After block sanding the ties, the top surfaces were re-stained by lightly wiping the surfaces with a stain-soaked
bit of cloth. Rail laying was resumed and things were going better, but the rail would still kink during an alignment
or gauge adjustment. The ties would compress when slightly too much pressure was used, re-creating the problem with
the un-sanded ties. Finally, the skills improved, and with a "draw filing" of the railhead, the track improved.
Other problems were, that to maintain smooth rail joints, easements, and transitions, the rails would not be
centered on the ties. Whereas, by now the track worked pretty well, to my eye, it was "off," literally off center.
When summer came, much of the hand laid went out of gauge between spikes. Spiking was increased to about every fourth
tie or 1 inch spaces. Expansion gaps were cut in, the rails were de-kinked again, and re-filed. The track was now
touted as some of the best around. Fifty car trains were running reliably and there were moments of happiness and
pride of accomplishment.
The mainline had been laid
with code 83 and the branch line and yards with code 70 and 55. It really looked pretty good, but when no one was
around I agonized over the fact I had failed to provide my tie taping crew with 2 spacing jigs to create the
difference between mainline and branch line. Finally, I had a railroad representing a class 1 heavy steam, first
generation diesel, high speed, super elevated, heavily railed mainline, that must have been laid in the 1870's! I
didn't have a tie-plate one! All of that work for a result that still fell way short.
When it came time to move
from Los Angeles, my friends were dumbfounded when that railroad was dismantled in 4 hours. With wrecking bar, sledge
and carbide tipped saw, the layout vanished literally into a cloud of dust. No one could understand why I had a smile
on my face, but in my mind the "new layout" was already taking form. Many things would be better firstly the track.
CVT borrows from the old, we added
some new things and it is here now. Having read the saga of my track laying on the old layout, consider these features:
are injection molded precisely equal in thickness from tie
to tie. If the roadbed is accurate, the track will be! CVT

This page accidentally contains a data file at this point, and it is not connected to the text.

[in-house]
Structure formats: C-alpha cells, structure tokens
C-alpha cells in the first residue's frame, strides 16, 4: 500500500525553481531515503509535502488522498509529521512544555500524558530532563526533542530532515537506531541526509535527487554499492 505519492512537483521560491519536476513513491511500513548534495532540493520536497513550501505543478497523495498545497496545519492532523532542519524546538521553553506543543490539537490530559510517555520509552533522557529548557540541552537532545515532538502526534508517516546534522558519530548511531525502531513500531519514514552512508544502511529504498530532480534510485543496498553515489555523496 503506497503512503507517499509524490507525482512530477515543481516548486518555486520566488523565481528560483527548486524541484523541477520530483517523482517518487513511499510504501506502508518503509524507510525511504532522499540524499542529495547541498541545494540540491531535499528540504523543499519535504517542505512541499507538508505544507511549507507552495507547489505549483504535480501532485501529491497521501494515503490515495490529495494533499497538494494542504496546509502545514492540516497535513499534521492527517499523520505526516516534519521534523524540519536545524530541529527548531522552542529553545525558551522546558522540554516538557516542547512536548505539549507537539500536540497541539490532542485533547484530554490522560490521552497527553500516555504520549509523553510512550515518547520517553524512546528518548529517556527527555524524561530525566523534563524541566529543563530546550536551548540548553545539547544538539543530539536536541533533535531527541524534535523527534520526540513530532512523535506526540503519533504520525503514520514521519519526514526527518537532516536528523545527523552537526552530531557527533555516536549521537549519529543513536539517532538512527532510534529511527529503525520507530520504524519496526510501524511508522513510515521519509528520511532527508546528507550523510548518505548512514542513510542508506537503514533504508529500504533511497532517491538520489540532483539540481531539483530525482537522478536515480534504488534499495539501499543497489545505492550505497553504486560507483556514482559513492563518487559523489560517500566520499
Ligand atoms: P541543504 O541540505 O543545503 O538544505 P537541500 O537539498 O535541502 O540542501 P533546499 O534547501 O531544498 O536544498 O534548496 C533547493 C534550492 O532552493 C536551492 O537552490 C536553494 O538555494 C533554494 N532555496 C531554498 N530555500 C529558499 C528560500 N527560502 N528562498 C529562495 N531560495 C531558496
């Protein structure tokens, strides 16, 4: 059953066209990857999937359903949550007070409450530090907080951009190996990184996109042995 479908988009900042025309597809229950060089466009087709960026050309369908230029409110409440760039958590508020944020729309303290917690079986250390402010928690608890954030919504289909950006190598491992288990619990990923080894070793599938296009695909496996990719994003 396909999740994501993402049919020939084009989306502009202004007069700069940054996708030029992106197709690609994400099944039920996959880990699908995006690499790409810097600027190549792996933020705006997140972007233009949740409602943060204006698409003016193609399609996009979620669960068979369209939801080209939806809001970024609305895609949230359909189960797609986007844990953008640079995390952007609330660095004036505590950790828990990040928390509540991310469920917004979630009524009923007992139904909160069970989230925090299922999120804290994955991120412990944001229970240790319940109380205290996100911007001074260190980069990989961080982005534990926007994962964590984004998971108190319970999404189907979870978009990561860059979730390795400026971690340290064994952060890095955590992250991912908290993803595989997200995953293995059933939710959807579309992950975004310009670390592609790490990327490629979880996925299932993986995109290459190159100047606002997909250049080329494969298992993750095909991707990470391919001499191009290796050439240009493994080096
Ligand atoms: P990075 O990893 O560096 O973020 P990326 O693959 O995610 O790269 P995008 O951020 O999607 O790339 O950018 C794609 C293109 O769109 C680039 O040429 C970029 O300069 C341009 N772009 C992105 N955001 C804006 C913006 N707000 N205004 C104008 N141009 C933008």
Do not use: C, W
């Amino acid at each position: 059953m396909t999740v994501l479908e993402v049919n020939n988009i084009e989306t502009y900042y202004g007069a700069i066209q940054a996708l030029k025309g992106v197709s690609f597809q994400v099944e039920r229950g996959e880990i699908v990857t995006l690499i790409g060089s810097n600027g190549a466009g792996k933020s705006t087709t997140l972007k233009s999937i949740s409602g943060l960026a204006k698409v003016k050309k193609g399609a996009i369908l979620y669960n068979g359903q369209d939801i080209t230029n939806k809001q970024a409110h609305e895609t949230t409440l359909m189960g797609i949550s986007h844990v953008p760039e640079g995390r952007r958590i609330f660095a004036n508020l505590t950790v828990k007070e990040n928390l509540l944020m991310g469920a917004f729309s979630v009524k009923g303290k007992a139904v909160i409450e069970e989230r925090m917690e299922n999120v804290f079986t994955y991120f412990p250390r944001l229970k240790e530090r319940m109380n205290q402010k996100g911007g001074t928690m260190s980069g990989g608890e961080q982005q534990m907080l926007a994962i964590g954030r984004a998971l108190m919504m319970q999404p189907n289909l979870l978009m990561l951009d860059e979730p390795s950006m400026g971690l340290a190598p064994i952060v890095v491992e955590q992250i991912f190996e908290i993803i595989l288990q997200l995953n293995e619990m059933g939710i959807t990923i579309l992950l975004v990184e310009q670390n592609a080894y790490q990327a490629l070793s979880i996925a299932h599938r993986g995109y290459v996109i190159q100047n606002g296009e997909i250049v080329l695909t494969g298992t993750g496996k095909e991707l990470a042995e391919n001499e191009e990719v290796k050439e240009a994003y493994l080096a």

is molded in black high impact styrene so basic color is established.
It can be easily painted, while still on the sprue!
ties are connected under one rail allowing true flexibility.
This feature allows the ties to spread or "fan" evenly or
compress evenly when curved. This configuration allows radii
down to 6" or even 4" (attention traction folks) without losing
gauge. Try that with flexible pre-fab track!
Being styrene, the ties can be drenched with water-based glues,
paints and stains which can be wiped clean with no warping
ties are self-gauging with scale tie plate and simulated spike
detail. If a gluing technique is used, simple weights can
be used to hold the rails in place!
tie plate detail is designed for code 70 and code 83 rail
sizes. With extra attention to gauging, code 55 can be used.
Code 100 - sorry, but, we can recommend a large company in
New Jersey who can help you!
12" sections can be glued together to make continuous lengths.
Long sections can be "rolled" out, pinned into proposed positions
giving a preview of what the finished track is going to look
like. This goes back to the old fiber tie strip days. We did
a lot of that previewing while we were saving up for the rail
(@ .99 per hundred ft.)!
sighting device is provided on a few ties spaced along each
section that assists in aligning the track on a drawn centerline!
connecting web is at the BOTTOM of the ties so that it is
covered with ballast or earth. When finished track is viewed
from low or eye level, you can see UNDER the rails!
distinct styles are provided, giving a clear contrast representing
mainline and branch line trackage. This effect is even stronger
with the use of more than one rail size. The branch line type
(CVT #2002) should be popular with those who model period
and traction themes. Most assembled flexible track products
represent neither branch line or mainline - just a compromise!
is economical, usually less than existing flexible pre-fab
"fine" track. Far less if you shop around for your rail.
is less rail waste (joining curves with flexible pre-fab requires
cutting of the excess rail) with CVT, there is no wastage
of tie material or rail!
final results exceed anything ever at any cost for realism
for very little more, some say less, effort than so-called
flexible pre-fab track offers. You also have your choice of
splitting, crushing, warping or shrinking of wood and fiber
materials. Not a termite in a carload!